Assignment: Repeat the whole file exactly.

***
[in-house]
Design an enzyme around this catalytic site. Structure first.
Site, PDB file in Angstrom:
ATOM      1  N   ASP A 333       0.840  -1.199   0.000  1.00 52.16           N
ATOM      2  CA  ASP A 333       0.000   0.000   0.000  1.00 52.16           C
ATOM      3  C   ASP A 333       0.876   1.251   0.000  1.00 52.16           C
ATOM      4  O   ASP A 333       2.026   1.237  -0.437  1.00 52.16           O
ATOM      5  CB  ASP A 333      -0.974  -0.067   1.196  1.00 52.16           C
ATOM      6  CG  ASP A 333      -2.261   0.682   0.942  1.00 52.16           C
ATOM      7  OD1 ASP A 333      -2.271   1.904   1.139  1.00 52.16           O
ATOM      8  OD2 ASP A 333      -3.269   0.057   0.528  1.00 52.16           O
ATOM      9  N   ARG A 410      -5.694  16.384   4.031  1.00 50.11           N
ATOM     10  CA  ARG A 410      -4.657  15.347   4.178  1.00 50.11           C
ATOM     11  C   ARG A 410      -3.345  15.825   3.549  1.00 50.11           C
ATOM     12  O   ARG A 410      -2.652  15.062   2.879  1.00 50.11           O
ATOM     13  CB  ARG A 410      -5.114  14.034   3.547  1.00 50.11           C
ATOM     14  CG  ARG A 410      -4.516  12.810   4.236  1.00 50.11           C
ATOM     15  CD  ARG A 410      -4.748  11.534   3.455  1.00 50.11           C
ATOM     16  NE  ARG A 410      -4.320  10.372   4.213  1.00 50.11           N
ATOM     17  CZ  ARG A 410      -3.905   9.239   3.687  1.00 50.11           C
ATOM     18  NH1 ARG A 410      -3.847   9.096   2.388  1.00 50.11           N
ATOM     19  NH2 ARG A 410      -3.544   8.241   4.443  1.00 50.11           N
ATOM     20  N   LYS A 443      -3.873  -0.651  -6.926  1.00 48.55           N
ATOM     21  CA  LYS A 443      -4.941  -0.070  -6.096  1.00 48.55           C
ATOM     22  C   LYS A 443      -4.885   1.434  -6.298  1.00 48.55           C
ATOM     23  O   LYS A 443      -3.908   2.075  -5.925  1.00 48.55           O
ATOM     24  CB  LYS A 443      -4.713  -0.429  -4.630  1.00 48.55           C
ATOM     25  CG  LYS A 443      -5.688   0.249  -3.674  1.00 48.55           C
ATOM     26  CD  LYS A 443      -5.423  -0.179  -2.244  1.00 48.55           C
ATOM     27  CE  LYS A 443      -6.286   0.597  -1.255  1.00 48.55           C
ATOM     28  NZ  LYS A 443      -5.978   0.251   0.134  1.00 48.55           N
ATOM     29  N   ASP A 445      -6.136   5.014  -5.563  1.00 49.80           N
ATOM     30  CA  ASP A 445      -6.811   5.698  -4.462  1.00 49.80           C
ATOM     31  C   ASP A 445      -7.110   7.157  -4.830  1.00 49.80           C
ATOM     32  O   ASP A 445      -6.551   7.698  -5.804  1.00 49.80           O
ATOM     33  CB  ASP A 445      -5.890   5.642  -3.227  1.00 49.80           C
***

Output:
[in-house]
Design an enzyme around this catalytic site. Structure first.
Site, PDB file in Angstrom:
ATOM      1  N   ASP A 333       0.840  -1.199   0.000  1.00 52.16           N
ATOM      2  CA  ASP A 333       0.000   0.000   0.000  1.00 52.16           C
ATOM      3  C   ASP A 333       0.876   1.251   0.000  1.00 52.16           C
ATOM      4  O   ASP A 333       2.026   1.237  -0.437  1.00 52.16           O
ATOM      5  CB  ASP A 333      -0.974  -0.067   1.196  1.00 52.16           C
ATOM      6  CG  ASP A 333      -2.261   0.682   0.942  1.00 52.16           C
ATOM      7  OD1 ASP A 333      -2.271   1.904   1.139  1.00 52.16           O
ATOM      8  OD2 ASP A 333      -3.269   0.057   0.528  1.00 52.16           O
ATOM      9  N   ARG A 410      -5.694  16.384   4.031  1.00 50.11           N
ATOM     10  CA  ARG A 410      -4.657  15.347   4.178  1.00 50.11           C
ATOM     11  C   ARG A 410      -3.345  15.825   3.549  1.00 50.11           C
ATOM     12  O   ARG A 410      -2.652  15.062   2.879  1.00 50.11           O
ATOM     13  CB  ARG A 410      -5.114  14.034   3.547  1.00 50.11           C
ATOM     14  CG  ARG A 410      -4.516  12.810   4.236  1.00 50.11           C
ATOM     15  CD  ARG A 410      -4.748  11.534   3.455  1.00 50.11           C
ATOM     16  NE  ARG A 410      -4.320  10.372   4.213  1.00 50.11           N
ATOM     17  CZ  ARG A 410      -3.905   9.239   3.687  1.00 50.11           C
ATOM     18  NH1 ARG A 410      -3.847   9.096   2.388  1.00 50.11           N
ATOM     19  NH2 ARG A 410      -3.544   8.241   4.443  1.00 50.11           N
ATOM     20  N   LYS A 443      -3.873  -0.651  -6.926  1.00 48.55           N
ATOM     21  CA  LYS A 443      -4.941  -0.070  -6.096  1.00 48.55           C
ATOM     22  C   LYS A 443      -4.885   1.434  -6.298  1.00 48.55           C
ATOM     23  O   LYS A 443      -3.908   2.075  -5.925  1.00 48.55           O
ATOM     24  CB  LYS A 443      -4.713  -0.429  -4.630  1.00 48.55           C
ATOM     25  CG  LYS A 443      -5.688   0.249  -3.674  1.00 48.55           C
ATOM     26  CD  LYS A 443      -5.423  -0.179  -2.244  1.00 48.55           C
ATOM     27  CE  LYS A 443      -6.286   0.597  -1.255  1.00 48.55           C
ATOM     28  NZ  LYS A 443      -5.978   0.251   0.134  1.00 48.55           N
ATOM     29  N   ASP A 445      -6.136   5.014  -5.563  1.00 49.80           N
ATOM     30  CA  ASP A 445      -6.811   5.698  -4.462  1.00 49.80           C
ATOM     31  C   ASP A 445      -7.110   7.157  -4.830  1.00 49.80           C
ATOM     32  O   ASP A 445      -6.551   7.698  -5.804  1.00 49.80           O
ATOM     33  CB  ASP A 445      -5.890   5.642  -3.227  1.00 49.80           C